Twitter Sonnet #114
Grey cats do not care about peppermint.
Animal minds push back the time for booze.
Ignore cans in fallout shelters you rent.
Scrambled eggs accumulate in drive-throughs.
A tired avocado stretches out.
When liquefied, an agent buries it.
Oblivion's in many holes en route.
So it's better to follow the rabbit.
Stories must be told to illiterates.
Tall bird plots tweet to air by the dozen.
So broken are schemes of Confederates.
Blue jeans can only be worn if chosen.
Frightened rodents guard remnants of burnt books.
You shouldn't judge twin girl scouts by their looks.
I remember two dreams from last night. The first was kind of frightening--I was staying in a large, very old, dusty house with T.E. Lawrence as played by Peter O'Toole. He seemed very vexed by something, but it was long after sunset and he was trying to sleep on a couch. I was sitting on the floor, looking at where I knew there was a chair across the room. I knew someone was sitting in the chair and I was very disturbed not knowing who it was. Hands reached out to me where I remained sitting crossed legged and I held them a moment. Then I began feeling the person's face, increasingly anxious about the person's identity. I felt smooth skin on a chin and full, smiling lips. My best guess was it was a young Elizabeth Taylor. I think this dream was influenced by the portion of War and Peace I read before I went to bed where the Rostov girls were trying to receive supernatural visions by looking into mirrors facing each other and a candle.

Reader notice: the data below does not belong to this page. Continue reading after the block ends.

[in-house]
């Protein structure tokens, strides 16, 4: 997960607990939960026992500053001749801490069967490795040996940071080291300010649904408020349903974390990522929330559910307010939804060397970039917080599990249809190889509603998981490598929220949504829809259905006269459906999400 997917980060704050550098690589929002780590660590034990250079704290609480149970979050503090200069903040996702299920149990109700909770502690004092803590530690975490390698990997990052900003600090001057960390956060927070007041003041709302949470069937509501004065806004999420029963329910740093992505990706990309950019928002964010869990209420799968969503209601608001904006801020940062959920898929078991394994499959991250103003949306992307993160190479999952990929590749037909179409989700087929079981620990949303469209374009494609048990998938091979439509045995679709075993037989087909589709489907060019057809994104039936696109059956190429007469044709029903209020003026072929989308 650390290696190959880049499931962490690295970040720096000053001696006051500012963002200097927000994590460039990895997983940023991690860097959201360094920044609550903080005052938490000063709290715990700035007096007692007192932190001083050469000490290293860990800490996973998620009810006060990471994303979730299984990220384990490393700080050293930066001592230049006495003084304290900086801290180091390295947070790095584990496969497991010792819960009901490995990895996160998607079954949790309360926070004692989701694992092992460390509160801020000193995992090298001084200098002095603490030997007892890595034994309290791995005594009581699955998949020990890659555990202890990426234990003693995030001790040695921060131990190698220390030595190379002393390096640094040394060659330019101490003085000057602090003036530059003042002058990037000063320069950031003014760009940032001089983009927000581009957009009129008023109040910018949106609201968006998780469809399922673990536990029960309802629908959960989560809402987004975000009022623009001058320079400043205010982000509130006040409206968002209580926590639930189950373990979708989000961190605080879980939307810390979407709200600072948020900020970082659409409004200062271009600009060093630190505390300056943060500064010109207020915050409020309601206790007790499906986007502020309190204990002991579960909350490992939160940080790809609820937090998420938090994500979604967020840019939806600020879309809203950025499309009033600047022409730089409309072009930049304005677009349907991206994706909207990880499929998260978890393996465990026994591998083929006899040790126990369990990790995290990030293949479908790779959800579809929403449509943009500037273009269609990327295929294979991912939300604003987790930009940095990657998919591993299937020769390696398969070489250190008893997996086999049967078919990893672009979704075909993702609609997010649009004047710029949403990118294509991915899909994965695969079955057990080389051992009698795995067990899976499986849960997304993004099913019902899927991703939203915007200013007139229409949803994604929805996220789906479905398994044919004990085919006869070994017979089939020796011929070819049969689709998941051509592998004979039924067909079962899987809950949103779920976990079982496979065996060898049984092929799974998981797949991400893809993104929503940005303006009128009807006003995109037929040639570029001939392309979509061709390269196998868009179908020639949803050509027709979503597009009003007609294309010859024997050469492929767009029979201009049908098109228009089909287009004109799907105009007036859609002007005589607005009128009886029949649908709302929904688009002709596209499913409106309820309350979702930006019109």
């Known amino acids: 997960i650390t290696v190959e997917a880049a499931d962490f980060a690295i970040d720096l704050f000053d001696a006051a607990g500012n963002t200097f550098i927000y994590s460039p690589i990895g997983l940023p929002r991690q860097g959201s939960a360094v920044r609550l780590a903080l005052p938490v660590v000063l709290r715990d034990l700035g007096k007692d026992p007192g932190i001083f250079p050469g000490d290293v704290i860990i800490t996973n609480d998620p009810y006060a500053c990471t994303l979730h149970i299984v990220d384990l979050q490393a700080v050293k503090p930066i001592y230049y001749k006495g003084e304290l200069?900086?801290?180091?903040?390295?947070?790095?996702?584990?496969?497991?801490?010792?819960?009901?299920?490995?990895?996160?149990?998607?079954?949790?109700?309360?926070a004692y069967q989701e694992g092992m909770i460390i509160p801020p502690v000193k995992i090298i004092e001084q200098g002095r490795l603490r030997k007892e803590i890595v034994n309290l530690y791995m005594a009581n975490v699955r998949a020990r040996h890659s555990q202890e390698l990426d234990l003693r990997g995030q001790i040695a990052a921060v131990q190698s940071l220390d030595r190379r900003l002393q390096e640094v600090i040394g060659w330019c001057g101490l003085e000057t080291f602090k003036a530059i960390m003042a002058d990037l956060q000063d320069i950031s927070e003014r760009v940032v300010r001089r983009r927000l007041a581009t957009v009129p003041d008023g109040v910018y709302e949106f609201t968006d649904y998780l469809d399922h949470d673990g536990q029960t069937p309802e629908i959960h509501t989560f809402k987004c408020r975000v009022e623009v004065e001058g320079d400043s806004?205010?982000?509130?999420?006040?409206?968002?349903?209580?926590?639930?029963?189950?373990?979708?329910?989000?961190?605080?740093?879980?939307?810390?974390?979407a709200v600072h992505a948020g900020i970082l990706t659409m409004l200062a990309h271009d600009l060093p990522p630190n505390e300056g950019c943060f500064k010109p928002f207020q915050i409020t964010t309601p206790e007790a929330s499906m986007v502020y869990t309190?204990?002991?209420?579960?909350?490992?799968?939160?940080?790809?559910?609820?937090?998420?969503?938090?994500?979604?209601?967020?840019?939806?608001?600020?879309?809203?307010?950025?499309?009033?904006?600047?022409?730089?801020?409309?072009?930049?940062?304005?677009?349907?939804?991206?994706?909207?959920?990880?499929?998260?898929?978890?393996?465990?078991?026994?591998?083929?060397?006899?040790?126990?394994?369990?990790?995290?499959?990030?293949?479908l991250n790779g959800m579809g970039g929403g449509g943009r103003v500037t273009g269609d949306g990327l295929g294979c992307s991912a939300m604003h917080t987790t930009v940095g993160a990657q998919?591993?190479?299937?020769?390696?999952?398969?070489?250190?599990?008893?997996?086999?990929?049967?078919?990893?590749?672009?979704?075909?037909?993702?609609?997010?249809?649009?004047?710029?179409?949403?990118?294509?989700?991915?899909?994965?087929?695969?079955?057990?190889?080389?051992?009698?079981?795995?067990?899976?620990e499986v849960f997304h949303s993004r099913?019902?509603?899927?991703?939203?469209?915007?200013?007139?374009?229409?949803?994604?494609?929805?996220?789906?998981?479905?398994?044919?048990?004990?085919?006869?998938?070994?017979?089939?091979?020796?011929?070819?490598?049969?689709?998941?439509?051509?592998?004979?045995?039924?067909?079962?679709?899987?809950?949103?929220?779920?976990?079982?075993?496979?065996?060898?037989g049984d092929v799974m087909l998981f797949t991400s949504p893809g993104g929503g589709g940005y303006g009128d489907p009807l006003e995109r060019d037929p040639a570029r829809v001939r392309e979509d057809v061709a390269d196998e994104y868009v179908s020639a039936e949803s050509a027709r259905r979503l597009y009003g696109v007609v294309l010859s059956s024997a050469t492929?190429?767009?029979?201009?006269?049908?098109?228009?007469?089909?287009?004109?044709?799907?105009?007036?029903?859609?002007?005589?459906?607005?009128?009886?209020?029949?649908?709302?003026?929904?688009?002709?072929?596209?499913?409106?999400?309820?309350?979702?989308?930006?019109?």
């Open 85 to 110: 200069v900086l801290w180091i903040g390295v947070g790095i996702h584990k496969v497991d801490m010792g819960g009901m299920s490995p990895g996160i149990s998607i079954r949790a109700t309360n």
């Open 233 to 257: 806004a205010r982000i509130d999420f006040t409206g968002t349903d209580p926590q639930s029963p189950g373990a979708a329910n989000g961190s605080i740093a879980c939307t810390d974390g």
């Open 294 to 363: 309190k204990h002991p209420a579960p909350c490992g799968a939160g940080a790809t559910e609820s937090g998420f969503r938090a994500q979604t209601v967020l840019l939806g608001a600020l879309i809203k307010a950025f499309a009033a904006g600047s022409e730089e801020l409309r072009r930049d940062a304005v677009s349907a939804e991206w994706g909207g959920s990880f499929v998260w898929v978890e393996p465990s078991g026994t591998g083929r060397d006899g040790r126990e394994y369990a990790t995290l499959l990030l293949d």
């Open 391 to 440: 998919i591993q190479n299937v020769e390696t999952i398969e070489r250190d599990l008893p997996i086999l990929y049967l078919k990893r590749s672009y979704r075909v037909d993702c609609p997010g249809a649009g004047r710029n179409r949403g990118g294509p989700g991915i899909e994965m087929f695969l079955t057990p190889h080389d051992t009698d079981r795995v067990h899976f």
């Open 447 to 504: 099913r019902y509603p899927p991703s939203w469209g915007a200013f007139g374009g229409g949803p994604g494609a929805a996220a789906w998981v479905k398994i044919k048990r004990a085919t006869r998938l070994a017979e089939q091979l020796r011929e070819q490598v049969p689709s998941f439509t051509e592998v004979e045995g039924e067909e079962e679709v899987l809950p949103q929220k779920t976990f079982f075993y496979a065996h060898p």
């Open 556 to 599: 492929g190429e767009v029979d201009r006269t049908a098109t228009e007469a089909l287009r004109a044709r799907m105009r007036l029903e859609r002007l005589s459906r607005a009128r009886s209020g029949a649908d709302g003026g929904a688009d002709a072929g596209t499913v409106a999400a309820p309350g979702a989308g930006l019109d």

In the second dream, I was following a large, dark blue elephant ridden by Kevin Murphy of Mystery Science Theatre 3000 and Rifftrax. The elephant's two front legs were white and its right back leg was a lighter shade of blue than the bulk of it. Murphy was riding towards a large, white medieval city somewhat resembling Minas Tirith. A movie was being shown in the centre of the city, and the city walls and buildings had been constructed in such a way as to cause Murphy's voice to echo throughout the city as he riffed on the film. Townspeople could contribute riffs by touching a bag Murphy had attached to his saddle, which somehow funnelled a voice from below to the elevation where it could take advantage of the special acoustics. There'd been some bad, abrasive riffs from the peasants lately, so Murphy had moved the bag to the other side of the saddle, where apparently only the smarter and more considerate peasants could find it.
While inking and colouring yesterday, I listened to the cast and crew commentary on Goodfellas. I found Martin Scorsese's discussion of Henry Hill's voice interesting--Scorsese found the rhythm of Hill's storytelling to be the backbone of the movie, and both he and Nicolas Pileggi talked about a tradition of roaming storytellers in southern Italy, who would go to people's houses with the express purpose of telling stories, which entertained a large number of illiterate people before there was radio. Scorsese seemed to feel this practice had survived in tough kids and wise guys who'd tell stories in the neighbourhoods where he and Hill grew up.
I was also interested in Lorraine Bracco talking about watching the movie again that morning and finding Liotta as Hill very attractive--"very sexy" and she mentioned "falling in love with him again." I sort of wondered if simply watching video of yourself apparently loving someone might be a form of hypnosis.